Another DreamHack passed us by in the blink of an eye.
Oceanic gamers reunited at Melbourne’s Olympic Park in full force over the last weekend of April in a massive celebration of gaming, creativity, and esports.
It’s already been seven months since DH’s last iteration, but the crew behind it managed to pull it off–even bigger and better than last year.
Walking through the orange gates on Friday morning with the music blaring loudly, the Rainbow Road paved the way for the weekend ahead.
We didn’t have to wait very long before we ran it back, did we?
There was so much to see and do.
The very first Artist Alley was both a highlight and downfall for bank accounts. The BYOC drew in its own crowd creating memories. The physically neighbouring esports crowds shouted across Margaret Court Arena to prove their game was better than the other. The carefully crafted cosplays were on full display.
I mean, I even got to dance with Snorlax on Rainbow Road.
- Ducky (@dvckyVT): “This DreamHack was unlike any other OCE esports event for me. I didn’t spend the majority of my time in the arenas watching the games. I was there for the wider community – the artist alley was an amazing edition, and the live Trash Taste episode was a treat. It’s great to have a broad appealing event on the calendar where all the niches can be ticked in a high-quality manner, and I cannot wait for the next rendition.”
- Harry (@ImHarryTaylor): “Nothing beats the Australian Esports crowd – the passion, the intensity, and the love for the game and the players that they give for 3 days straight is something that is unmatched anywhere else in the world. Valve, ESL – do the right thing, give us the Major!”
- Shhlee (@Shhleebo): “Hallzerk’s mullet.”
- Swifty (@swift_y): “Always love seeing the Snowball family altogether over some KBBQ. Also, meeting friends face to face, old and new.”
- Taffy (@TaffyAU): “You won’t see a packed-out stadium of die-hards barking for the home team, yet graceful in defeat and supportive of the international squads further in the event, anywhere else on the planet. Throw on the sense of community for everything else outside esports this weekend, and DH Melbourne just can’t be beaten.”
Once again, it was a weekend like no other.
With friends like Taffy, Ducky, and ChrisTheCaster to cheer us on, Snowball was there to capture as much of the action as we could.
Well, most of us.
Our entire CS:GO coverage from the weekend involved Ashley Whyte working remotely as he was unable to attend the event–but you never would’ve guessed that, right?
He knocked it out of the park with his awesome ESL Challengers coverage, gaining some raw insight into some of the challenges the players face. Aside from this, he maintained our ESL Challengers 2023 coverage hub throughout the weekend.
- Grayhound Vexite: “It’s really comfortable being able to play without jet lag”
- Vertex BRACE: “We’ve been making a lot of international events, but then we have a rough run”
- Complexity Hallzerk: “We either win or we learn”
The tournament–which ran past midnight on the first day–saw Movistar Riders blowing everyone out of the water despite all odds.
Having only been invited to play at DreamHack Melbourne mere days prior, they played the game and owned it, leaving the event undefeated.
In the League of Legends realm, Harry Taylor crushed it on the LCO Split 1 Grand Finals Predictions (even though he tipped the wrong way!)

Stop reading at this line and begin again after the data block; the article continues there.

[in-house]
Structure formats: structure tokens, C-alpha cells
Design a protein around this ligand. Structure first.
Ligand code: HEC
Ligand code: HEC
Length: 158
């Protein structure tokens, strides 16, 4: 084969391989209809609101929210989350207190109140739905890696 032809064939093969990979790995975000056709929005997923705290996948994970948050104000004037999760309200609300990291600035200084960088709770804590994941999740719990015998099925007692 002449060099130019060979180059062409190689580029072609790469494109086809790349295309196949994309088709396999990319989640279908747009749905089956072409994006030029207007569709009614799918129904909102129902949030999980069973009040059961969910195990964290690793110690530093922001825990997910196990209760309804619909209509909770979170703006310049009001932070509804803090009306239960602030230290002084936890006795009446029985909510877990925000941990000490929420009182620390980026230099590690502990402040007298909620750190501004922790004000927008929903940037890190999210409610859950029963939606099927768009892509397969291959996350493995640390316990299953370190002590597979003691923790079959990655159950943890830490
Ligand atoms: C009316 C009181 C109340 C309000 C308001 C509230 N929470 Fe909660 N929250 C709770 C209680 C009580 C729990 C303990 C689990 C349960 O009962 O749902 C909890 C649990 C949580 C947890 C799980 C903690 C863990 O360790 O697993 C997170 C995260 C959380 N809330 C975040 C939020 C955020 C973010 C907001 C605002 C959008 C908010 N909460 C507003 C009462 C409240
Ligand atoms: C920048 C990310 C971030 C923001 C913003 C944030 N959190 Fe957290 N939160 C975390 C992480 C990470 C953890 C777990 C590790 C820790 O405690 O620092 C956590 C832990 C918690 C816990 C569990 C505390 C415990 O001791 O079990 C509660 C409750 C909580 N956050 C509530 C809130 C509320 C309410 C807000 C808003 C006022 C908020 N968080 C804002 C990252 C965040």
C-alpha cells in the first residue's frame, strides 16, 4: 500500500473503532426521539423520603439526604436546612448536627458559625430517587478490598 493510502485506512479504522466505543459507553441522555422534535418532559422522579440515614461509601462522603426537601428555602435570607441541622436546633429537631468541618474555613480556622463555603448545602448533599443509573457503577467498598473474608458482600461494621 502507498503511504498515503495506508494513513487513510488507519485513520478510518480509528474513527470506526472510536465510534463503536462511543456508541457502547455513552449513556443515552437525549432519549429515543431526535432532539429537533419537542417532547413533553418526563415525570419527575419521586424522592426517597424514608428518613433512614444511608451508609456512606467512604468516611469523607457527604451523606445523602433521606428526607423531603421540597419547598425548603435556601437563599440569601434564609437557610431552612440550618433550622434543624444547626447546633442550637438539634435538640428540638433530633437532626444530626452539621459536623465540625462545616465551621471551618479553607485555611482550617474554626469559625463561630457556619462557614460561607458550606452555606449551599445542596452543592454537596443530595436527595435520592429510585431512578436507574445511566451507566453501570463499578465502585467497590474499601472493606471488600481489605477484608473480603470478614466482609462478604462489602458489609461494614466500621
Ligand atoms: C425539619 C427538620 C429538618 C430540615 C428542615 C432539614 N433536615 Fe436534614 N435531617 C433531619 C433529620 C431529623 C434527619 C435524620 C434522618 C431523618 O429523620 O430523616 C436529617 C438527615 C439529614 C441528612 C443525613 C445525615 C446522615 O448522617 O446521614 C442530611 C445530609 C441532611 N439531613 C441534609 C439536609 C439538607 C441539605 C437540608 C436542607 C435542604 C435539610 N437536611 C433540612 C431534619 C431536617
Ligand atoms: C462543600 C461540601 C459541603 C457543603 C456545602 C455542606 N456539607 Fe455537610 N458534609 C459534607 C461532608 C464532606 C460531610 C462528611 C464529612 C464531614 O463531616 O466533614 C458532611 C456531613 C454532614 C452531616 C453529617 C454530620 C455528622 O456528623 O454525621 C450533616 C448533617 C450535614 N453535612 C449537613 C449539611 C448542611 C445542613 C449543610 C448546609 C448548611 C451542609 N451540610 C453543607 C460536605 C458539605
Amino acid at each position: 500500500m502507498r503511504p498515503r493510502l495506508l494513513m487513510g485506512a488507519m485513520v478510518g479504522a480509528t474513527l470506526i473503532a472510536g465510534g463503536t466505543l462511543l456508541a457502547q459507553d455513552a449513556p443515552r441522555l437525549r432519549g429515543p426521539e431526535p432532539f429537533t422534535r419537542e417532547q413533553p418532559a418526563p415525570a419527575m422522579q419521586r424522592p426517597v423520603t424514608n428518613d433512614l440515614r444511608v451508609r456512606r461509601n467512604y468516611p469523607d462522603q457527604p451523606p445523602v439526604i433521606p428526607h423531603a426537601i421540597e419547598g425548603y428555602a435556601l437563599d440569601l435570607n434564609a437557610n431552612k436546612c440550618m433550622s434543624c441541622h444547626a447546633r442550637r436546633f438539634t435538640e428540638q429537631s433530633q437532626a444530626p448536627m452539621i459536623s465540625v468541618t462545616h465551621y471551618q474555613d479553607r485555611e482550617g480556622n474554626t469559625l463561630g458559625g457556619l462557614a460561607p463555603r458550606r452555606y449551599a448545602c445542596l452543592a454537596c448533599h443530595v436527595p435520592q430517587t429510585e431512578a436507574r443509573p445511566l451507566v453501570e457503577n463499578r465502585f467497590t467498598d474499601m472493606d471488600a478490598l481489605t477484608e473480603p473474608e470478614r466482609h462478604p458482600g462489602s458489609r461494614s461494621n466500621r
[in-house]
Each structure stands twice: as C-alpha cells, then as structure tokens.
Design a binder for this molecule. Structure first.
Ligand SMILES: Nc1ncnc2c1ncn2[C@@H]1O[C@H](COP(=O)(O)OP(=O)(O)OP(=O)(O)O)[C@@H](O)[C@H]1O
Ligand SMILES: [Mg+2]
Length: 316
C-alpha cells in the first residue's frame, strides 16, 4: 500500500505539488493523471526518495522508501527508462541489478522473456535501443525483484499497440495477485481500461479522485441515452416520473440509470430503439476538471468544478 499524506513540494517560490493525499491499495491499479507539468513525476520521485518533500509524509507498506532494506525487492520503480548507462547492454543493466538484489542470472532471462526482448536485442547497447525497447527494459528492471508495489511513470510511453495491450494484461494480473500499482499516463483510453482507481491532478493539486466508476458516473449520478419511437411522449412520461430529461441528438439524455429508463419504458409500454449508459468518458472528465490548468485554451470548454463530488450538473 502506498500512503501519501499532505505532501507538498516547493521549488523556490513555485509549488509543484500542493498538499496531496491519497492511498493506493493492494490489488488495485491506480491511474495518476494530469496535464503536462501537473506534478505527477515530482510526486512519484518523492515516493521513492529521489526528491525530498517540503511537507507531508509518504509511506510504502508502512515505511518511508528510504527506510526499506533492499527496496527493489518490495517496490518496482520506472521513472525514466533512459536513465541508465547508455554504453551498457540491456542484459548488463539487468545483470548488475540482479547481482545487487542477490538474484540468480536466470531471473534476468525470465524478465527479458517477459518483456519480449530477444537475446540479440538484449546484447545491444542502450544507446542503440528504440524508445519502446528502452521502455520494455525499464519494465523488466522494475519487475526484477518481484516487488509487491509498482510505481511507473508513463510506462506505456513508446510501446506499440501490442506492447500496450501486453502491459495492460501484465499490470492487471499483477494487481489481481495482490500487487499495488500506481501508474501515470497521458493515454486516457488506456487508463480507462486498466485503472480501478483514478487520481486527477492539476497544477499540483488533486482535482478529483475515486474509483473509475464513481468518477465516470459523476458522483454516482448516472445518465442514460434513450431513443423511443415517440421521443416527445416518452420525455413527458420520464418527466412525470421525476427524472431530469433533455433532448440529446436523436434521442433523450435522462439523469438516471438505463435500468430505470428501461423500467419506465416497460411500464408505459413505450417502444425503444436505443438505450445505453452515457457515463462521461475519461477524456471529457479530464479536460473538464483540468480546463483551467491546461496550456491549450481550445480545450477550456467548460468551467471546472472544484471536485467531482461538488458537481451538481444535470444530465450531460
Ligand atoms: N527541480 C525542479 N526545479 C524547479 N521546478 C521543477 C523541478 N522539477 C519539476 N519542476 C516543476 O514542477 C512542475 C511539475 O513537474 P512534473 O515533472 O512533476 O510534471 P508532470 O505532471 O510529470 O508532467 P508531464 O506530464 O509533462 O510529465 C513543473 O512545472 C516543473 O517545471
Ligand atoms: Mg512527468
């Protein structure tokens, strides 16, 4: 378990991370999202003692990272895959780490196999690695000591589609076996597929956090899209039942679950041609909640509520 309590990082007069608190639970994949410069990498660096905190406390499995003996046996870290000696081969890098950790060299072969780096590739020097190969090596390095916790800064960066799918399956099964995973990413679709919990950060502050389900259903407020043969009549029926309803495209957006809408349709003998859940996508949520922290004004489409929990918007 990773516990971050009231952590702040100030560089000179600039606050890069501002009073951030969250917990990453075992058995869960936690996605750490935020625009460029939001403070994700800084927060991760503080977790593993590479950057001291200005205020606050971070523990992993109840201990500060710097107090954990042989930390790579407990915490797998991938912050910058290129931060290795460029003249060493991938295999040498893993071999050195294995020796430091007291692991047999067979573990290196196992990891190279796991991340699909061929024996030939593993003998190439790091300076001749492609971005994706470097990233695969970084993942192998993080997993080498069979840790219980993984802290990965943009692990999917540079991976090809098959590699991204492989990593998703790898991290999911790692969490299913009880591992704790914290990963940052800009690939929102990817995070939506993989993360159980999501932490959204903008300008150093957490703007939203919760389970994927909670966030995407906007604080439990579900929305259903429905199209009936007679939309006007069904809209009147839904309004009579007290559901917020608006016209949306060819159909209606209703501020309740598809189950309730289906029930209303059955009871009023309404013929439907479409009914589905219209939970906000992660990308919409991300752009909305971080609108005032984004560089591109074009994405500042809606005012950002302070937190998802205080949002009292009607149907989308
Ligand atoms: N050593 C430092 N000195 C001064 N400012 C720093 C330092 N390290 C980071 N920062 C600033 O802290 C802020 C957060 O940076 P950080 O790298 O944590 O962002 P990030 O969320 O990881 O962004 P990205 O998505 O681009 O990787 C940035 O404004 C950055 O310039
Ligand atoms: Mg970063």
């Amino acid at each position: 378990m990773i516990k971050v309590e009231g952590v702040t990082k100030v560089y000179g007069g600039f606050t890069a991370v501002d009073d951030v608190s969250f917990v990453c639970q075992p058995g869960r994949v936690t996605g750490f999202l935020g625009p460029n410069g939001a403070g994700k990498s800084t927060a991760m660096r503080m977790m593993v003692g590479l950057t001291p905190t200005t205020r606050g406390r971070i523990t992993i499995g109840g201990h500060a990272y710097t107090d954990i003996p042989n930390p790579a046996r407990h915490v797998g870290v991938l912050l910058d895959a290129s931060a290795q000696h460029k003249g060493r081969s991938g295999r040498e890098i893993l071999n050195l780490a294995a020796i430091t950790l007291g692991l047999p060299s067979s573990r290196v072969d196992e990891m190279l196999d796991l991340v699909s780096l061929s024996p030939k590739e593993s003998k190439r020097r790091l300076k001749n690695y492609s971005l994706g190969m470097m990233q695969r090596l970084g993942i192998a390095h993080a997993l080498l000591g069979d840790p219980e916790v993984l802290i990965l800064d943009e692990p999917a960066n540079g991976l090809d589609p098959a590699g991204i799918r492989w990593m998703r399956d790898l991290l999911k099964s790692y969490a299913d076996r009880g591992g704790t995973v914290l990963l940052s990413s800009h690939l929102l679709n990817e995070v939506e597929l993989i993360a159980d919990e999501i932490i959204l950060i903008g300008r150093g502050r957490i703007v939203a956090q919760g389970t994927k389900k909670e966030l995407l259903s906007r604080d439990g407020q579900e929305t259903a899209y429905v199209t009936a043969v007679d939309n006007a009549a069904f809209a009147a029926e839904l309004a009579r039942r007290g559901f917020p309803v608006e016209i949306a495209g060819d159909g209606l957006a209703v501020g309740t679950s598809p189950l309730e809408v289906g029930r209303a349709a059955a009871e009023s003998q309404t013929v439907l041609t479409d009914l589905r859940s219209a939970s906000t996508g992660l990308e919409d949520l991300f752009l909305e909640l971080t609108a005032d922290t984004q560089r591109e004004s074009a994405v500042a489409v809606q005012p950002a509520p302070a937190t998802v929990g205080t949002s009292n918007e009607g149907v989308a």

After an intense finals series between The Chiefs and Team Bliss, the Brisbane Derby was settled as the blue-and-white took their back-to-back LCO titles.
I wrote numerous pieces during the weekend and lead-up to the All-Stars show match and subsequent finals.
- Danteh & Dragku discuss LCO All-Star show match at DreamHack
- Bliss Whynot: “I don’t see a need to be anything but humbled by [our PCS experience]”
- Chiefs BioPanther: “My family is going to be [at DH]. I don’t want them to be disappointed in me.”
- The Chiefs win back-to-back LCO titles at DreamHack Melbourne
One thing that I’ll never tire of is the passion of these competitors. I had the pleasure of interviewing numerous CS:GO and League of Legends players representing a total of seven unique orgs.
Despite all being so different, the fire that they all possess is so contagious; I’m proud to be part of a team that can share that with the world.
Anyone active on Twitter probably sees the bi-monthly discussion of: “OCE esports is dying. How can we save it?”
But I swear, during events like these, everyone’s flame is rekindled in unison–and it spreads like wildfire.
As long as people still care, there’s plenty of room for it to grow.
Oscar Lupton is living proof of this. All of the images featured within this editorial were taken by him, an aspiring esports photographer; he lived alongside us in the Media Room all weekend.
By the end of it, he gained the first piece of his lanyard collection.
People like Oscar–the 25,851 people that found themselves at DreamHack over the weekend–are shouting out that OCE is still thriving.
All in all, the weekend felt much like a fever dream. For some of us, the fever came afterward as a lot of people (including myself) recover from the claws of the con flu.
Per tradition, we found ourselves in the depths of GGEZ and Fortress every evening, alongside old and new friends from all around the country, toasting to
Shitball a weekend to remember.
While we missed a few members of our Snowball family, I’m keen to reunite with them all again soon.
All of these are integral in our region’s identity: an entire crowd watching someone open cases between games, wandering through Artist Alley with a hole in your pockets, Maccas on a cold Autumn night with the best nuggets you’ve ever eaten chasing your GGEZ bevs.
I know I said it all last year, so I’ll paraphrase: no one does it like OCE.
GGWP DreamHack 2023.